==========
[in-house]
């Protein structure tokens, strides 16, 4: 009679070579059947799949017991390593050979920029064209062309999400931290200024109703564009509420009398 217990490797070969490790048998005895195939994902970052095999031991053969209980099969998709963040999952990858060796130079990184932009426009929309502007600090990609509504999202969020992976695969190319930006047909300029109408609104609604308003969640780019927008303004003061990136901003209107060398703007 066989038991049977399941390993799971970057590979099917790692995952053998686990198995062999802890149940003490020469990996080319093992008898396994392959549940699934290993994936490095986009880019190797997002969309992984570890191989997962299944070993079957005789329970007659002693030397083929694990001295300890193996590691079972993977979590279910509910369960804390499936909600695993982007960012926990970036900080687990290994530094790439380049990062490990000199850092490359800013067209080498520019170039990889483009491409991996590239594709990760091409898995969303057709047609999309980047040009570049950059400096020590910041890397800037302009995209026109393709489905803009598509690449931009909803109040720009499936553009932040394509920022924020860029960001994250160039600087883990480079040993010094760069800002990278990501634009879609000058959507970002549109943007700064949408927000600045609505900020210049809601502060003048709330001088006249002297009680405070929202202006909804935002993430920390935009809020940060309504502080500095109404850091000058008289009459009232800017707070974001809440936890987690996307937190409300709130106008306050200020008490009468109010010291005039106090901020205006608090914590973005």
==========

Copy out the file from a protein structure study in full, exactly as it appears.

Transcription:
[in-house]
């Protein structure tokens, strides 16, 4: 009679070579059947799949017991390593050979920029064209062309999400931290200024109703564009509420009398 217990490797070969490790048998005895195939994902970052095999031991053969209980099969998709963040999952990858060796130079990184932009426009929309502007600090990609509504999202969020992976695969190319930006047909300029109408609104609604308003969640780019927008303004003061990136901003209107060398703007 066989038991049977399941390993799971970057590979099917790692995952053998686990198995062999802890149940003490020469990996080319093992008898396994392959549940699934290993994936490095986009880019190797997002969309992984570890191989997962299944070993079957005789329970007659002693030397083929694990001295300890193996590691079972993977979590279910509910369960804390499936909600695993982007960012926990970036900080687990290994530094790439380049990062490990000199850092490359800013067209080498520019170039990889483009491409991996590239594709990760091409898995969303057709047609999309980047040009570049950059400096020590910041890397800037302009995209026109393709489905803009598509690449931009909803109040720009499936553009932040394509920022924020860029960001994250160039600087883990480079040993010094760069800002990278990501634009879609000058959507970002549109943007700064949408927000600045609505900020210049809601502060003048709330001088006249002297009680405070929202202006909804935002993430920390935009809020940060309504502080500095109404850091000058008289009459009232800017707070974001809440936890987690996307937190409300709130106008306050200020008490009468109010010291005039106090901020205006608090914590973005």